Dear SAMS family and friends,
Thank you to all who wrote to us about support for the anti-racism movement, encouraging us to explore what more we can do to best support students, staff, collaborators and stakeholders working with us in marine science who identify as Black, Asian and Minority Ethnic (BAME).
I trust we all agree that racism is abhorrent and wrong. Sadly, however, racism is still prevalent throughout our society. This will change only if we acknowledge its existence, listen to and express solidarity with those experiencing it, reflect on its many facets in our culture, and, most importantly, work together to bring about equality and justice for BAME students and staff in our community.
In our upcoming corporate strategy, we are explicitly committed to diversity in all aspects. I believe that diversity contributes greatly to achieving the excellence and innovation that are the foundations of our shared mission to promote healthy oceans through marine science. One important contribution to achieving diversity is for all of us to address our unconscious biases. We therefore last year made equality, diversity and unconscious bias training a requirement for all staff.
Being based on the rural west coast of Scotland means we live in a beautiful environment and active community, but it is one of the least ethnically diverse regions of the United Kingdom. While our corporate culture at SAMS has an international outlook, with staff and students coming from different cultural backgrounds and collaborating widely across the world, we recognise that we have too few researchers and managers from BAME backgrounds in the SAMS family.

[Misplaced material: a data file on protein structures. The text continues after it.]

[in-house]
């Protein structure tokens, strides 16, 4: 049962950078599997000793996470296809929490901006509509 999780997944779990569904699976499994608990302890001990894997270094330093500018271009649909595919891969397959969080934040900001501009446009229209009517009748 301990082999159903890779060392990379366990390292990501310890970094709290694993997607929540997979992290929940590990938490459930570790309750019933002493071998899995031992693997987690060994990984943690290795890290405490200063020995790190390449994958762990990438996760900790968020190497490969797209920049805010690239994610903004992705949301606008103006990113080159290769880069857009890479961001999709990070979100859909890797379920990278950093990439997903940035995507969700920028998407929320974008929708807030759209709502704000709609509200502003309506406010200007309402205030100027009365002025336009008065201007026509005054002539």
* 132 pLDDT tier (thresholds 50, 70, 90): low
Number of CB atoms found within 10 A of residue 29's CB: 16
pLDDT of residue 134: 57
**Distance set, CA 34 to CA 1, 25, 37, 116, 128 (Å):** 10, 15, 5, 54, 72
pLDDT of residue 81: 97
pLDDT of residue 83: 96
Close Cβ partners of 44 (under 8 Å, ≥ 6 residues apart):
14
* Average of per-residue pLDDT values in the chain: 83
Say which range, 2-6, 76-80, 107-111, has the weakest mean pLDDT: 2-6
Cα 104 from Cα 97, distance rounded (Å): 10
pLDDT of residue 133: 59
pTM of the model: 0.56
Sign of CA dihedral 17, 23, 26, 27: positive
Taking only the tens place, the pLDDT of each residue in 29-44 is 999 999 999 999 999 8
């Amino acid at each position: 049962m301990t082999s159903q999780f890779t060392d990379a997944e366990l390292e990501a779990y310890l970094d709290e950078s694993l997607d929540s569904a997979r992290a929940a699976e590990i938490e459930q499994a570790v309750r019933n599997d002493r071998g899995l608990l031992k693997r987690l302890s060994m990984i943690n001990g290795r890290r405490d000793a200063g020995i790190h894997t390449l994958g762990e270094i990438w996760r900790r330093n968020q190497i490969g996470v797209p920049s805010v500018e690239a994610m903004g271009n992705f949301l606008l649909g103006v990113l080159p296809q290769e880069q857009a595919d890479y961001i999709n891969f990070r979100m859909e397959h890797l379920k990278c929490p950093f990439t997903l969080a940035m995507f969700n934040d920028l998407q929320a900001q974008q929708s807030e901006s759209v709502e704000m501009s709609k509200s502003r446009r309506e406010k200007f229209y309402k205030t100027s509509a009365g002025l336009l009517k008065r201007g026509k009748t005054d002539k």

But we have been making strides to improve this situation. One such initiative is our Masters programme in Aquaculture, Environment and Society (ACES). Of the 70 students that have either completed or are currently enrolled on this Erasmus-Mundus scholarship-funded programme, 40 have been from BAME communities from all over the world. This diversity, which is a structurally designed component of the course, builds truly diverse, life-long networks and professional friendships that we hope will bring positive change to the global aquaculture industry. The ACES students are a recognised source of dynamism and new ideas at SAMS and enhance the racial and cultural diversity of our student population. We are exploring additional ways to embed BAME issues in our education provision with our partners in the University of the Highlands and Islands.
Research funding streams such as Erasmus Mundus (EU) as well as the Global Challenge Research Fund (GCRF) and the Newton Fund enable us to collaborate widely. The GCRF-funded GlobalSeaweedSTAR project alone employs 17 staff from BAME communities with another seven to be employed if a follow-on proposal is successful.
We have recently announced a full review of our Equality, Diversity and Inclusivity Policy, to ensure it addresses current concerns and demands for reform. Any shortcomings that are identified will be addressed. Beyond this formal review we will continue to listen and talk, to make sure those of BAME identity feel valued and supported at SAMS. Please communicate any improvements we can make in your work area to me or any member of the Executive Group.
We are fully committed to equality in all that we do and proactively seek opportunities to improve the diversity of our student body and workforce.
Professor Nicholas JP Owens